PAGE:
What Is an Ectopic Pregnancy?

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An ectopic pregnancy is a complication of pregnancy in which the fertilized ovum is implanted in any tissue other than the uterine wall. Most ectopic pregnancies occur in the Fallopian tube (so-called tubal pregnancies), but implantation can also occur in the cervix, ovaries, and abdomen. The fetus produces enzymes that allow it to implant in varied types of tissues, and thus an embryo implanted elsewhere than the uterus can cause great tissue damage in its efforts to reach a sufficient supply of blood. An ectopic pregnancy is a medical emergency, and, if not treated properly, can lead to the death of the woman.

In a normal pregnancy, the fertilized egg enters the uterus and settles into the uterine lining where it has plenty of room to divide and grow. About 1% of pregnancies are in an ectopic location with implantation not occurring inside of the womb, and of these 98% occur in the Fallopian tubes.[1]

In a typical ectopic pregnancy, the embryo does not reach the uterus, but instead adheres to the lining of the Fallopian tube. The implanted embryo burrows actively into the tubal lining. Most commonly this invades vessels and will cause bleeding. This intratubal bleeding (hematosalpinx) expels the implantation out of the tubal end as a tubal abortion. Some women thinking they are having a miscarriage are actually having a tubal abortion. There is no inflammation of the tube in ectopic pregnancy. The pain is caused by prostaglandins released at the implantation site, and by free blood in the peritoneal cavity, which is a local irritant. Sometimes the bleeding might be heavy enough to threaten the health or life of the woman. Usually this degree of bleeding is due to delay in diagnosis, but sometimes, especially if the implantation is in the proximal tube (just before it enters the uterus), it may invade into the nearby Sampson artery, causing heavy bleeding earlier than usual.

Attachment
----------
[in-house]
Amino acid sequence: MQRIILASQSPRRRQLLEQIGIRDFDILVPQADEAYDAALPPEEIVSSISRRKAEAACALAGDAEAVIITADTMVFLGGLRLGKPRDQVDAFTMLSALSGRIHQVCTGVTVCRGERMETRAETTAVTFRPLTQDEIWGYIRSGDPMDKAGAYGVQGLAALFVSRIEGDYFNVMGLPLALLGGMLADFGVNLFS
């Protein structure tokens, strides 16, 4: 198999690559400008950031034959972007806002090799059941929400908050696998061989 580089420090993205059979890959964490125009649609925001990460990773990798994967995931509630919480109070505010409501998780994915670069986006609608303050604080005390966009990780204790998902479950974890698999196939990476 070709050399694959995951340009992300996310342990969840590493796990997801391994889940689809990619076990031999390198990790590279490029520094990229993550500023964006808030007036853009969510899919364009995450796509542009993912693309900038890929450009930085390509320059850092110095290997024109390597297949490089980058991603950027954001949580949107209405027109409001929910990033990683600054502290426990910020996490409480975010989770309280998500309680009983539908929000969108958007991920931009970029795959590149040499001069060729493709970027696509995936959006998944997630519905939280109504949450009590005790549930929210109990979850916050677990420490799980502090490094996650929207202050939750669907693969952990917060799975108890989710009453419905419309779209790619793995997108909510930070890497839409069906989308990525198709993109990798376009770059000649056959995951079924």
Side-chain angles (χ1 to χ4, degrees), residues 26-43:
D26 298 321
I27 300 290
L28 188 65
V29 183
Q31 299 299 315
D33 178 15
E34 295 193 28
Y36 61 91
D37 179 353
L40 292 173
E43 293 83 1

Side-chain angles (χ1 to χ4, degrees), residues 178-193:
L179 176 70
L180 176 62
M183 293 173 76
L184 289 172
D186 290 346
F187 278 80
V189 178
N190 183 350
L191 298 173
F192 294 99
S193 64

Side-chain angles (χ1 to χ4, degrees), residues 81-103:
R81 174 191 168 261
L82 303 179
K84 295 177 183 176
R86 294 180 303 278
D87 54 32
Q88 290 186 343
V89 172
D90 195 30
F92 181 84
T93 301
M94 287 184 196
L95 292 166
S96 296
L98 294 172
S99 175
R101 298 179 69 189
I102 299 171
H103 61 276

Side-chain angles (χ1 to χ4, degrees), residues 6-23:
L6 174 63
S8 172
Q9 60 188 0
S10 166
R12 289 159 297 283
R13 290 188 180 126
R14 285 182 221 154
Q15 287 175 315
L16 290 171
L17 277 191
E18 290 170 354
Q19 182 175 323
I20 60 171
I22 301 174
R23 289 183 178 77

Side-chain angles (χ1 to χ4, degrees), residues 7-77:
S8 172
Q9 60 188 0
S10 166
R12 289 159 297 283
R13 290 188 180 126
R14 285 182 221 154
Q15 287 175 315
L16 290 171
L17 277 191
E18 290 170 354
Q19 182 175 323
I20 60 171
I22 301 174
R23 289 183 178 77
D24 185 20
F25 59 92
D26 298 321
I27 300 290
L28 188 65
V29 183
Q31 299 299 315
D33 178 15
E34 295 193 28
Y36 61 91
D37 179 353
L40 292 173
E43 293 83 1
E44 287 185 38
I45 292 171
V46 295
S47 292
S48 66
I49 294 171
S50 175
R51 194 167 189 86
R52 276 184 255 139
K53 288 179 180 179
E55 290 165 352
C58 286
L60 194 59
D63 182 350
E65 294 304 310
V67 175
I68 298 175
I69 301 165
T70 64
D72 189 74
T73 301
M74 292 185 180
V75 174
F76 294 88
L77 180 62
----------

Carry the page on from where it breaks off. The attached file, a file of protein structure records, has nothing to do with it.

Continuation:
If left untreated, about half of ectopic pregnancies will resolve without treatment. These are the tubal abortions. The advent of methotrexate treatment for ectopic pregnancy has reduced the need for surgery; however, surgical intervention is still required in cases where the Fallopian tube has ruptured or is in danger of doing so. This intervention may be laparoscopic or through a larger incision, known as a laparotomy.

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